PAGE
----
We had spent the previous night in a guest house at Kankasanthurai - KKS as it was known to the locals - a small village on the extreme northern coast of the Jaffna Peninsula not far from Point Pedro. We had set off early as we had done each day to avoid the worst of the midday heat. We were thoroughly enjoying ourselves as we pottered along at a leisurely 30 miles per hour or so down a deserted winding road through semi-jungle when suddenly, as we rounded a corner, Pete saw a body stretched out in the middle of the road. He had no choice but to steer the motor bike into the shallow monsoon drain at the edge of the road. As the front wheel dropped into the drain, I sailed through the air with the greatest of ease and landed, shocked but completely unhurt, in the undergrowth. Pete and the bike ended up actually in the monsoon drain but, fortunately, neither he nor the bike was damaged. Good solid bikes those side valve BSAs.

We hurriedly picked ourselves up and dashed over to the body. It belonged to a young Tamil lad, probably in his mid-teens. He was completely naked apart from a minuscule loincloth. There was no visible sign of injury but at least he was breathing. I remember gently pulling back one of his eyelids - I was sure that was the thing to do but I couldn't deduce anything from my findings. As we were wondering what to do next, a grossly-overloaded bus rattled round the corner, pulled up within inches of us with a screeching of brakes, and rapidly disgorged fifty or so passengers. They quickly surrounded us and jabbered away in Tamil - we recognised the language but understood not a single word.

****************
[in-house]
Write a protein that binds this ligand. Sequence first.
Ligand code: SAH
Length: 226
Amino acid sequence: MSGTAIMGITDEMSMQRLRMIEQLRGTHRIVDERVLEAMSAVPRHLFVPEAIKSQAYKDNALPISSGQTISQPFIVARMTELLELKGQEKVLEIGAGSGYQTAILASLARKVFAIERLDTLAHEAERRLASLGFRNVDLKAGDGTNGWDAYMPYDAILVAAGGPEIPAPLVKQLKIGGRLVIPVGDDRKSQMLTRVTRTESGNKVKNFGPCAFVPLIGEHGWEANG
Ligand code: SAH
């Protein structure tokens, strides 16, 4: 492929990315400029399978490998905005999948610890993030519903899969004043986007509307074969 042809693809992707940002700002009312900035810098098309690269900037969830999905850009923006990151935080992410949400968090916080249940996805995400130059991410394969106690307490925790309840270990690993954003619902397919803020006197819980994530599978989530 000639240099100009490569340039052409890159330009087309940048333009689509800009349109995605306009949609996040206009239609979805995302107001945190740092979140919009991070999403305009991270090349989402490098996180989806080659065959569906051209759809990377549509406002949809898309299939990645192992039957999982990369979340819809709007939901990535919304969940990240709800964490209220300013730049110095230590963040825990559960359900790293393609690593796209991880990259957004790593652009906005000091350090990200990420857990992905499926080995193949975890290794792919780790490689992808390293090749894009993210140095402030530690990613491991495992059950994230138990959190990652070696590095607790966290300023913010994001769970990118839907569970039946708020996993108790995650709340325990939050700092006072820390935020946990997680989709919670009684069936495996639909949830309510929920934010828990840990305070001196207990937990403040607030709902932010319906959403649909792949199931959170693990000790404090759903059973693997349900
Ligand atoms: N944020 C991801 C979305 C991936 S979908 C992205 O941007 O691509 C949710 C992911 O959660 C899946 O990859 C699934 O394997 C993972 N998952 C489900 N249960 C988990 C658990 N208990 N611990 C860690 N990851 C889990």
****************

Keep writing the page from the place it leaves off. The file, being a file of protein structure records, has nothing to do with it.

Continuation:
In no time at all another bus, from the opposite direction, pulled up and the two lots of passengers started exchanging views about what had happened with much finger-pointing in our direction. To them it was, presumably, only too obvious what had happened. Here was one of their own lying apparently mortally injured in the middle of the road. It was obvious to them that we had knocked him down with our motor bike which was still lying in the monsoon drain making hissing noises. The situation was beginning to look ugly. No-one would admit to speaking English, so we were unable to explain what had happened. It was amazing how what had been an empty jungle road just a few minutes earlier, had become a seething mass of angry people.

Then a lorry pulled up - one of those wheezing, garishly-painted lorries that one finds in all parts of Asia. The driver, a Sinhalese, jumped down and came across. Instantly he assumed command of the situation - that was the way things were between the Tamils and Sinhalese. In any case, he could speak all three languages so that made him a very important person.

"Hello", he said to Pete and me in excellent Peter Seller's English. "You two seem to have got yourselves into a jolly fine pickle, isn't it?"